Favorite Garden Books

While rearranging my bookcases the other day, it became increasingly clear that I have too many books on gardens and gardening.  They’re all lovely and probably useful too, but I consult very few of them.  There are maybe 20 books on herbs, testaments to the time when I was trying desperately to cultivate a garden of medieval herbs (primarily plague cures) in a plot that wasn’t particularly suitable.  I made a pile of garden design books, whose advice I have completely ignored.  And then there are the lavish “gardens of the rich and famous” books, most of which I received as gifts.  These are beautiful but not really inspirational (rather the reverse).  My favorite garden books were not even in a bookcase; they were piled by (or under) my bed, or on my desk, places where I can frequently access them.  And here they are, in no particular order, with brief descriptions of why I like them so much.  Please send recommendations!  It looks like I’m going to purge my bookcases so I’ll have more space.

Penelope Hobhouse, Plants in Garden History.  I have several of Penelope Hobhouse’s books but I like this one the best.  The operative words in the title are “plants” and “history”, two things I like very much.  As you can see from the subtitle, the thesis of the book is the influence of plants on garden design through the ages, and the illustrations are really amazing.  A perfect book to leaf through casually, or with purpose.

Betsy G. Fryberger, The Changing Garden.  Four Centuries of European and American Art.  This book is more art history than garden history, but it’s still really beautiful, and instructive in its own (not practical) way.

Charles Quest-Ritson, The English Garden.  A Social History. Like Fryberger’s book, this book uses plants and gardens as means to engage in a broader cultural history.  This is an illustrated social history of English gardeners from 1500 to the present.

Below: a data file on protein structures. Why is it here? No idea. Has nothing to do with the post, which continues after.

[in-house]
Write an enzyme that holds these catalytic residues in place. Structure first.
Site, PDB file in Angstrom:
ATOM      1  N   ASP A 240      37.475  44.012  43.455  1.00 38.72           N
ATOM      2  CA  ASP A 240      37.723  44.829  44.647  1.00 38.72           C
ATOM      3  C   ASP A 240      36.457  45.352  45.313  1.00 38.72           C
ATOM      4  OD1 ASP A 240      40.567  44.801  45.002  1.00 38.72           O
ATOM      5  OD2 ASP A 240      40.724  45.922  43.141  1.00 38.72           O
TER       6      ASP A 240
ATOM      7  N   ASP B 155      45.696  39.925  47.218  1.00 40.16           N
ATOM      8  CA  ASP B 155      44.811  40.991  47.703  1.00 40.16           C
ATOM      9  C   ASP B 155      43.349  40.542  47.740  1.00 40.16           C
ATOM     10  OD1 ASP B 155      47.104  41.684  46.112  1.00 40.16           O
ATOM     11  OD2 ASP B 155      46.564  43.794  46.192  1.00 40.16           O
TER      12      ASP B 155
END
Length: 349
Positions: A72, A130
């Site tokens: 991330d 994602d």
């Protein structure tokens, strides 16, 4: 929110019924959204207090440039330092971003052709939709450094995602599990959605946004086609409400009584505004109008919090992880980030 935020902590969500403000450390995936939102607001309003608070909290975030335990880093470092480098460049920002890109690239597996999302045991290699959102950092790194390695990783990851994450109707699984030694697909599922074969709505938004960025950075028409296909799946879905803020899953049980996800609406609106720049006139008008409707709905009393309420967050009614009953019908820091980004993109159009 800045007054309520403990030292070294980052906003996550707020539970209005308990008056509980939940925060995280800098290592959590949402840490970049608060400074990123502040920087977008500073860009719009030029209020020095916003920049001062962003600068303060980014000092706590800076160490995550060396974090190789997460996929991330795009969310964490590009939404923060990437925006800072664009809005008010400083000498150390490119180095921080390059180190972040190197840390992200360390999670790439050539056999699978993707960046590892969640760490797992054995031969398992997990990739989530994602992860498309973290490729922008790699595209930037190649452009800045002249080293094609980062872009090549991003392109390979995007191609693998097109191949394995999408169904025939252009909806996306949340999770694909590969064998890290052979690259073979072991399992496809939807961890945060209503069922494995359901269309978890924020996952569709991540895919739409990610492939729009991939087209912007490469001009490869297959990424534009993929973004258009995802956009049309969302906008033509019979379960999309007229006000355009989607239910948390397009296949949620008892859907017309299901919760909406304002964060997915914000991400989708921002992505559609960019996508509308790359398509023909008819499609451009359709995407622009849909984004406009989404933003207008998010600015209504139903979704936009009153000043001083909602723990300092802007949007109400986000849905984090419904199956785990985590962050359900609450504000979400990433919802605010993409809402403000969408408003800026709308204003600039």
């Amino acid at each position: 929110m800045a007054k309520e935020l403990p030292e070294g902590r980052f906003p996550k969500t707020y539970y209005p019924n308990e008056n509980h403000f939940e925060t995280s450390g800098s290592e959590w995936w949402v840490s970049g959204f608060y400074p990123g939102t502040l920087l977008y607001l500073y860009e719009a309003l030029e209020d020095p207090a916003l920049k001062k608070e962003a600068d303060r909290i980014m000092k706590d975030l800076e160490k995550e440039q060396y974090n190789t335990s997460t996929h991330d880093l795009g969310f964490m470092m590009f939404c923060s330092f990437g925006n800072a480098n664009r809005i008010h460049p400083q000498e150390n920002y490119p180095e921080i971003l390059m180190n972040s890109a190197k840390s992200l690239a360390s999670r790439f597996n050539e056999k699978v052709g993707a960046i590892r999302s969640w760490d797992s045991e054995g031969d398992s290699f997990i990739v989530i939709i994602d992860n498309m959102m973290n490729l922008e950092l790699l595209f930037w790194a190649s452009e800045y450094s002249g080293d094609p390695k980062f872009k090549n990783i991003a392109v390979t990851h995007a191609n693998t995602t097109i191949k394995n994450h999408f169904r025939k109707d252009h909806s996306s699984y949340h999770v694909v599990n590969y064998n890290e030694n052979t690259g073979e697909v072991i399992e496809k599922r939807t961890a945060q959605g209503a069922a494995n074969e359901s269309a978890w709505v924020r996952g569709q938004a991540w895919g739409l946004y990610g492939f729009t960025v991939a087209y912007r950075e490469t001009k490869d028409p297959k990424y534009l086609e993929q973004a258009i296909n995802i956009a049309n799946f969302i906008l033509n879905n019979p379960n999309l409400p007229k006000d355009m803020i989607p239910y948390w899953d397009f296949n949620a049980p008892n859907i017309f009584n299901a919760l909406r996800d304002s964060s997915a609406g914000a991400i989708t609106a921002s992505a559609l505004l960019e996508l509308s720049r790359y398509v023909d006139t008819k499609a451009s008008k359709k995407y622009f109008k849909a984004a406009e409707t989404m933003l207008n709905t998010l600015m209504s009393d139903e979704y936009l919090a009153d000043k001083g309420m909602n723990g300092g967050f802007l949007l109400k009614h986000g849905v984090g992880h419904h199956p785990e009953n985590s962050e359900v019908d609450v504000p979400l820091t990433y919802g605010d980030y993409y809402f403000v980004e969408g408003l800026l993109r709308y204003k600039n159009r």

Alice Morse Earle, Old Time Gardens, Newly Set Forth.  A big leap from the academic to the romantic. Massachusetts-born Alice Morse Earle was one of the major purveyors of “colonial” culture at the turn of the last century.  She published books on ye olde everything:  houses, clothing, pastimes, punishments, and gardens.  First published in 1901, Old Time Gardens seems to have been continually in print in the first half of the twentieth century.  My copy is a first edition, with a beautiful Arts & Crafts cover and several illustrations of “old Salem” gardens.  I read it more for its charm than its accuracy.

Karan Davis Cutler, The New England Gardener’s Book of Lists.  Another big leap, towards the purely practical.  As the title informs, this book is nothing but lists, of plants for shade, sun, different soil conditions, etc…made by professional and amateur gardeners and nursery people.  This book is New England-focused, but I’m sure there must be equivalents for other regions. I find this book so useful that, rather than leaving it by my bed or on my desk, I leave it in my car.

The Salem Garden Club, Old Salem Gardens, first published in 1946.  This pamphlet was written by Mrs. Mable C.H. Pollack, who was no dilettante.  She did a lot of research (more than Earle, I think) and the end result is a pretty substantive little book, better than your standard-issue garden club guide (although I have to admit that I’m a bit biased). Sometimes I carry it with me on walks around town, looking for forgotten gardens.

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